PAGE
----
Why Oh Why Are Deserts Dry? Learn Deserts in Fun Way!

Cover of Why Oh Why Are Deserts Dry

Title : Why oh Why Are Deserts Dry?

Author : Tish Rabe

Illustrator : Joseph Mathieu, Aristides Ruiz

Publisher : Random House

Year of Publishing : 2011

Age Suggestion : 6+

Type : Informational Books, Rhyming Books

 

 

 

Deserts. In Indonesia, we used to call deserts as “padang pasir” or “gurun,” which in English, literally means “sand field.” Surely we just refer “deserts” only to sandy Sahara Desert or those kinds of deserts like that. Now I realize how wrong I am about the real meaning of deserts.

 

It occurs to me that many children’s picture storybooks contain cute, funny rhyming words. I think Mrs. Tish Rabe had succeeded in  combining knowledge with the writing arts. Dr. Seuss influences many authors and I bet Mrs. Tish is one of them, their writing style is kinda similar.

 

This can be one example :

 

The Sonoran Desert

Is where we will find

A very big cactus

That’s one of the kind

 

It’s called the Saguaro

And I have been told

It can grow to be over

two hundred years old”

 

 

It comes along with a little note about how to spell the new word, like in the downside of the book there’s how to spell the Saguaro, “suh-WAR-oh.”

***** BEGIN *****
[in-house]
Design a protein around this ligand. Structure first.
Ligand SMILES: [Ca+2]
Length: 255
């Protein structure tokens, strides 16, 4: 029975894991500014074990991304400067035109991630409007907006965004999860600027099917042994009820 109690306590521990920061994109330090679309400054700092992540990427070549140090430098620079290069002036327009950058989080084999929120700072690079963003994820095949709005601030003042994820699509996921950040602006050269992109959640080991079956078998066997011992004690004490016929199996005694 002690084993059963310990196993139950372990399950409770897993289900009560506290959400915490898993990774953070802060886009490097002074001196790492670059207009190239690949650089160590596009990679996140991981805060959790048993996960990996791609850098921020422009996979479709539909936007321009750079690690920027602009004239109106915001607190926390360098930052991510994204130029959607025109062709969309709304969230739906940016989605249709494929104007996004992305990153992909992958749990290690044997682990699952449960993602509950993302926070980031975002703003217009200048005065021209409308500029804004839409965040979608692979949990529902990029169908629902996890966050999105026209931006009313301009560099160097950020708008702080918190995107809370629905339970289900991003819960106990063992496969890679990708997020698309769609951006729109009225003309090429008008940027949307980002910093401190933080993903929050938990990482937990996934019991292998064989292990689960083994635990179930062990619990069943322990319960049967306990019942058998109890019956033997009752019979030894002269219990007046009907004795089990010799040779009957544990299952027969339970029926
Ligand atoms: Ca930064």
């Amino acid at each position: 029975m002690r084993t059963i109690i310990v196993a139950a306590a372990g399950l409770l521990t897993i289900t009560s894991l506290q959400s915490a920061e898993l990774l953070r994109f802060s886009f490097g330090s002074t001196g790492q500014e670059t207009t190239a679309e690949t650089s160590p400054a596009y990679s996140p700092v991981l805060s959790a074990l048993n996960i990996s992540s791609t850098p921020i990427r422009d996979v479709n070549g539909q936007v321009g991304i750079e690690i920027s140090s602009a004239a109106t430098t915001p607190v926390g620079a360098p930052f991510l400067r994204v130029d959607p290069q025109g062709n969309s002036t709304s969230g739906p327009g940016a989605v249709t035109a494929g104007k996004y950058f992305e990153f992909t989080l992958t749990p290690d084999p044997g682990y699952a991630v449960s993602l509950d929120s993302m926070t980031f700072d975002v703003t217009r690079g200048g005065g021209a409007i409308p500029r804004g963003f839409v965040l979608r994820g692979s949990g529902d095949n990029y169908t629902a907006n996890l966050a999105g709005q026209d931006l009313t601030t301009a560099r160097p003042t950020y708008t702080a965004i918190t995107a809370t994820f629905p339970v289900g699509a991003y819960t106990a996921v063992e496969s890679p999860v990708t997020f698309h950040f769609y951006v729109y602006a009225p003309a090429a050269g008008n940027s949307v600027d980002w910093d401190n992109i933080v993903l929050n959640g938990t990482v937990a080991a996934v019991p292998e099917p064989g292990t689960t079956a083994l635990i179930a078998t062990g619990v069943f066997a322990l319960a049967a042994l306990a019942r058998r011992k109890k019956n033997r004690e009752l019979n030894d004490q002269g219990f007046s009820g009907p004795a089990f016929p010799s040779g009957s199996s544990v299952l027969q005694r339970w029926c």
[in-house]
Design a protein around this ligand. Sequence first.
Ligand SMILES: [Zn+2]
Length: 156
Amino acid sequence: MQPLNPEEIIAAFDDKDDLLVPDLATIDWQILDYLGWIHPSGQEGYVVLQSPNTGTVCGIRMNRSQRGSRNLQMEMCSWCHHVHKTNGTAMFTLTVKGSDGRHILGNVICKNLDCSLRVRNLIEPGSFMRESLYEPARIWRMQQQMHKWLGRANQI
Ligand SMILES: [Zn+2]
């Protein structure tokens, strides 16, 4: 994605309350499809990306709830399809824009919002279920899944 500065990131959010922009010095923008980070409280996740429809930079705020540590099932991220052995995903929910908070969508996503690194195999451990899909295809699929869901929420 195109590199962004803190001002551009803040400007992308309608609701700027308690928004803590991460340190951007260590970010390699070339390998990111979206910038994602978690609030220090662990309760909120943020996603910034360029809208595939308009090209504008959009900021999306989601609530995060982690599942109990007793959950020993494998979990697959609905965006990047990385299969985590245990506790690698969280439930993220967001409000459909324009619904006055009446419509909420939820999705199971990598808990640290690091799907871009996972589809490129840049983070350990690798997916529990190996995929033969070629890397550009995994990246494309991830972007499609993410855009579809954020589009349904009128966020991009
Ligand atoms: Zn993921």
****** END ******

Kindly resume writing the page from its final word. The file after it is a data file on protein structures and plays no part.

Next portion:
Inside Page of Why Oh Why Are Deserts Dry
This is the Mesquite, the tree that can grow in the deserts!

In this book, we can find basic things about the deserts. First of all, the cat in the hat shows us about misconception of the deserts. Not only cactus and Camel or Llama can live in the deserts. It turns out there are trees in the deserts! I just knew! It’s called Mesquite (spelled “meh-skeet”) that has roots as long as 40 feets down to the ground! Wow! Of course, the root has to be very long so it can reach the water deep inside the dry deserts!

 

And do you know that in Gobi, the deserts in China, covered with snow? Also, there’s this desert, called Mojave (spelled “mo-ha-vee”) that’s filled with many flowers and plants, even though they don’t live long? Or the South Pole of Antarctica is also in category of deserts! I know about all this just now, and I figure that “Padang Pasir” is definitely not the right term for all of these!

 

Do you recognize The Cat in the Hat in this book? Usually, this character was drawn by Dr. Seuss himself, but this time, I think the students (and a very good students) of Dr. Seuss who made this. Mr. Joseph and Mr. Aristides drew the character created by Dr. Seuss with their own improvisation. I would like to give credit for that, but I really want to know how they create their own character, too. Are you agreeing with me? (If you want to see Dr. Seuss’ real works, try to peek at it here first : Oh Say Can You Say by Dr. Seuss)

 

I definitely recommend the book. It’s very fun, but informational as well for kids and also the parents. At least, I’m gonna admit that I’m one of the rare parents who never knows about a few kinds of deserts Mrs. Tish mentioned in her book, until now.

 

Is there anything better in learning something with maximum fun? You tell me, then!

 

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